The First Ministers from Germany’s sixteen federal states have still not agreed to the conditions under which a 49 Euro Ticket could become reality. Olaf Scholz believes there will be an agreement today. The Berlin Senate does not. That is why it just prolonged its 29 Euro offer.
Berlin, November 2nd, 2022 (The Berlin Spectator) — Germany’s 9 Euro Ticket is history. It was offered from June to August and its holders could use the public transport anywhere in Germany as well as all regional trains between Flensburg and Garmisch-Partenkirchen. This great offer reimbursed Germans for the extremely high energy costs. For the same three months, the federal government also gave them a fuel rebate.
Then, a more expensive successor for the 9 Euro Ticket was going to be offered. For anywhere between 49 and 69 Euro per month, passengers were supposed have the right to take the kind of rides they did with the 9 Euro Ticket. Because there was a lot of talk, but no deeds, the Berlin Senate offered a 29 Euro subscription.
The Berlin offer applies to its public transport zones A and B only, but it is far more affordable than regular subscriptions. The latter usually last for at least a year, but holders of the 29 Euro subscription may cancel it on a monthly basis. Governing Mayor Franziska Giffey just announced the subscription, which was going to be dumped on December 31st, 2022, would be prolonged until the end of March of 2023. The Social Democrat (SPD) Giffey does not believe Germany’s 49 Euro Ticket will actually be available by January 1st, 2023.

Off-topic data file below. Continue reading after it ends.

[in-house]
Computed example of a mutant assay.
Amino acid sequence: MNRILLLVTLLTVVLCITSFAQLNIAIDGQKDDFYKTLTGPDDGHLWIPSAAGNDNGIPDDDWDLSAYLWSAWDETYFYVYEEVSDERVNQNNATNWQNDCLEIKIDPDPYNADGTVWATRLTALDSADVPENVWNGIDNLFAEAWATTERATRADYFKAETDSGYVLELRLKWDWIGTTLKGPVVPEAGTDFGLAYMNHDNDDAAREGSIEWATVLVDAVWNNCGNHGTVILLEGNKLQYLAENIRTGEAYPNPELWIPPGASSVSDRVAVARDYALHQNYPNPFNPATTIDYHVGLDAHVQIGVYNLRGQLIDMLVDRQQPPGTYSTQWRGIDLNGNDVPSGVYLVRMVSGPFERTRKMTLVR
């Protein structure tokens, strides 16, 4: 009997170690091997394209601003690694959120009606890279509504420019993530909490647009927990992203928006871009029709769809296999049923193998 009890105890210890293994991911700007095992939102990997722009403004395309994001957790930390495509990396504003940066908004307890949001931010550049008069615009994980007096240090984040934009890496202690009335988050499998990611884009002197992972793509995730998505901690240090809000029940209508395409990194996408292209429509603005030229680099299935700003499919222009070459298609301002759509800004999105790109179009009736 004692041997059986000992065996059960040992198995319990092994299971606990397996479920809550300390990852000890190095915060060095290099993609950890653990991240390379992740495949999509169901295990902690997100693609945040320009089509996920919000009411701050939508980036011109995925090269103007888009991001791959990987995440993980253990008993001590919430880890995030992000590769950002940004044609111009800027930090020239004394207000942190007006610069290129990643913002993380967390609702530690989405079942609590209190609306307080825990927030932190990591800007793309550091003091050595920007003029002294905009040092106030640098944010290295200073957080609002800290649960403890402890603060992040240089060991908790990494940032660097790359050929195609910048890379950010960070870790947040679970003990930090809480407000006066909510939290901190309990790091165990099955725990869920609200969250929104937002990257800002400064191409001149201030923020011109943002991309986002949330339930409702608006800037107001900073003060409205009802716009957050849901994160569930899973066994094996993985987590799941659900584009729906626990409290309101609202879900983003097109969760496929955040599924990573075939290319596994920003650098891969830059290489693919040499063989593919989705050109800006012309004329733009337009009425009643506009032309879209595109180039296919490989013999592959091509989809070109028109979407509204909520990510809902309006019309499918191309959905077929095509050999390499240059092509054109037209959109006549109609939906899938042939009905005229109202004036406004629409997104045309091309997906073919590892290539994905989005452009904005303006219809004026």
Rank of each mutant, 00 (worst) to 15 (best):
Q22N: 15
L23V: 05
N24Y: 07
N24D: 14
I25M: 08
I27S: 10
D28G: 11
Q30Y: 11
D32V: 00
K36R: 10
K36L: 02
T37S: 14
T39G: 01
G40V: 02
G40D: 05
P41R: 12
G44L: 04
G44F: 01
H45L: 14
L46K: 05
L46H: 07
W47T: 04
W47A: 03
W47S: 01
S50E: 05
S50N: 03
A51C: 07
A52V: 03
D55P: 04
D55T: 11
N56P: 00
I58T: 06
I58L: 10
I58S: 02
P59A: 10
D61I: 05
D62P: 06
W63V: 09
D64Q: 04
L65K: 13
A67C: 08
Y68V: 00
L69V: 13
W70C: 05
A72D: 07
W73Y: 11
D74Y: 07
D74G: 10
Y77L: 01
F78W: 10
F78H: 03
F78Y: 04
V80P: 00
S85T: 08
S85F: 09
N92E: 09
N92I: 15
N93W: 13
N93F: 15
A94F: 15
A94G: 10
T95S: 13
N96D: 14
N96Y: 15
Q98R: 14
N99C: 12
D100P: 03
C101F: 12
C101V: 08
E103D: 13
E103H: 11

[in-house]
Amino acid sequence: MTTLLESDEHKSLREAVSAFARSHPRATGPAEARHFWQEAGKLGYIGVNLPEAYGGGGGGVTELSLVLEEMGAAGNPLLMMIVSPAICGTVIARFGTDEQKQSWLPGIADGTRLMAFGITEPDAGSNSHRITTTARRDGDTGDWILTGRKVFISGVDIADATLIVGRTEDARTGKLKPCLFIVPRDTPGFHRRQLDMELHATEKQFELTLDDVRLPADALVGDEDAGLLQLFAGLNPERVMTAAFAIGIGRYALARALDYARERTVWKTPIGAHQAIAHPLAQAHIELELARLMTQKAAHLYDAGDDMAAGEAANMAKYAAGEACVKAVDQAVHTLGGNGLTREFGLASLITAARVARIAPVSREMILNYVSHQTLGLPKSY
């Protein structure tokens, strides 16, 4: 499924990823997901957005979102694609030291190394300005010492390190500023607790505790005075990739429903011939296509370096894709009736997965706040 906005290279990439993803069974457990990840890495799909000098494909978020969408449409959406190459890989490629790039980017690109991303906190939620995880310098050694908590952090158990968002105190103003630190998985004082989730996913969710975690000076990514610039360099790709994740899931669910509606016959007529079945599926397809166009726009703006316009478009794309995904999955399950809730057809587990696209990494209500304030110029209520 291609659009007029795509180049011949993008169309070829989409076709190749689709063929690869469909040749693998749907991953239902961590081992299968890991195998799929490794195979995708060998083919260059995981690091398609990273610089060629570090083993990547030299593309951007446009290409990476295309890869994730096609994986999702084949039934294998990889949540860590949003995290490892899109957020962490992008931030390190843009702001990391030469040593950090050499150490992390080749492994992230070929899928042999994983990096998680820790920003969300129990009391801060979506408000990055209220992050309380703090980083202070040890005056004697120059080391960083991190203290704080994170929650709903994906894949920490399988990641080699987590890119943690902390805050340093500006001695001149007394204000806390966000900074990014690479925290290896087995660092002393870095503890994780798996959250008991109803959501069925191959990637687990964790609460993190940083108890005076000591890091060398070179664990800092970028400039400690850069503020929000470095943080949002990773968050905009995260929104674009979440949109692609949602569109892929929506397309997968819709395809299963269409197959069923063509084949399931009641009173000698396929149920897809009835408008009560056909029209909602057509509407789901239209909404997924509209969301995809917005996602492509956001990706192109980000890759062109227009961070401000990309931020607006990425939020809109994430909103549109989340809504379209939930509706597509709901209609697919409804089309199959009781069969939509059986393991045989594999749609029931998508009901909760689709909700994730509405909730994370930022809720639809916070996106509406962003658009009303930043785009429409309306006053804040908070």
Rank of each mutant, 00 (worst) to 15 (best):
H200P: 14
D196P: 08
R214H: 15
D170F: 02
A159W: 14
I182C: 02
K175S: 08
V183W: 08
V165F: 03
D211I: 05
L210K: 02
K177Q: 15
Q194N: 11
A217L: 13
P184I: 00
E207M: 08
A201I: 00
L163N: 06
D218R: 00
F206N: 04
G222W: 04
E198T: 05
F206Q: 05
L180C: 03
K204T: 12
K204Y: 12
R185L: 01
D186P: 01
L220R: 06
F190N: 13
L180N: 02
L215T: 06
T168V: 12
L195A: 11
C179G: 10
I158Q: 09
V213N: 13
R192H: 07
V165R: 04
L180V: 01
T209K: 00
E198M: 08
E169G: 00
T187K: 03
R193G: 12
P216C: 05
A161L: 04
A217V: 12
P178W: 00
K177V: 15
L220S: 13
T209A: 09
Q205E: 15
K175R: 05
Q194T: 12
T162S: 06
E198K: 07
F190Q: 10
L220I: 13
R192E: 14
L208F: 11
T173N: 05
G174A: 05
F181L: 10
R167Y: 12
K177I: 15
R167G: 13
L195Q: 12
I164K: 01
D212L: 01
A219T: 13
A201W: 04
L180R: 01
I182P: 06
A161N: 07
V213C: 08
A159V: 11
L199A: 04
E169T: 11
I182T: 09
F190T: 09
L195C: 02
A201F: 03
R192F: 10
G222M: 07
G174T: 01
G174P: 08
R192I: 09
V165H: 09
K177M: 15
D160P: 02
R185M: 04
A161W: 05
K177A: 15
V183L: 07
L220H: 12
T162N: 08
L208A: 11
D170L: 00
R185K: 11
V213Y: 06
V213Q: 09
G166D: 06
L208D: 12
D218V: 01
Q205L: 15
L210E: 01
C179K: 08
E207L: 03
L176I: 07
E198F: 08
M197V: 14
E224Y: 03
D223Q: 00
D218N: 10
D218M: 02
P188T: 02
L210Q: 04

Her party friend Chancellor Olaf Scholz is more optimistic. Ahead of today’s Conference of First Ministers the Governing Mayor will be part of as well, along with two First Mayors and thirteen Governors, he stated he believed an agreement would be reached today. Everyone wants the 49 Euro Ticket, meaning there are no doubts about the ticket itself. The argument that has been going on between the states and the federal government for quite a while is about the funding.
Initially, the government was going to contribute 1.5 billion Euro (1.48 billion U.S. Dollars or 1.29 billion Pounds Sterling) and the states were supposed to pile up the rest of the funds needed, but refused to do so. They wanted another 1.5 billion Euro from the capital for their public transport. Now, Scholz’ government is ready to contribute 1 billion Euro (0.99 billion Dollars or 0.86 billion Pounds) more. It remains to be seen whether the heads of government from the states will agree.
At today’s meeting, Scholz and the First Ministers and Mayors from the states were going to discuss more relief offers for Germany, including a natural gas price cap. The latter is supposed to kick in in February of 2023.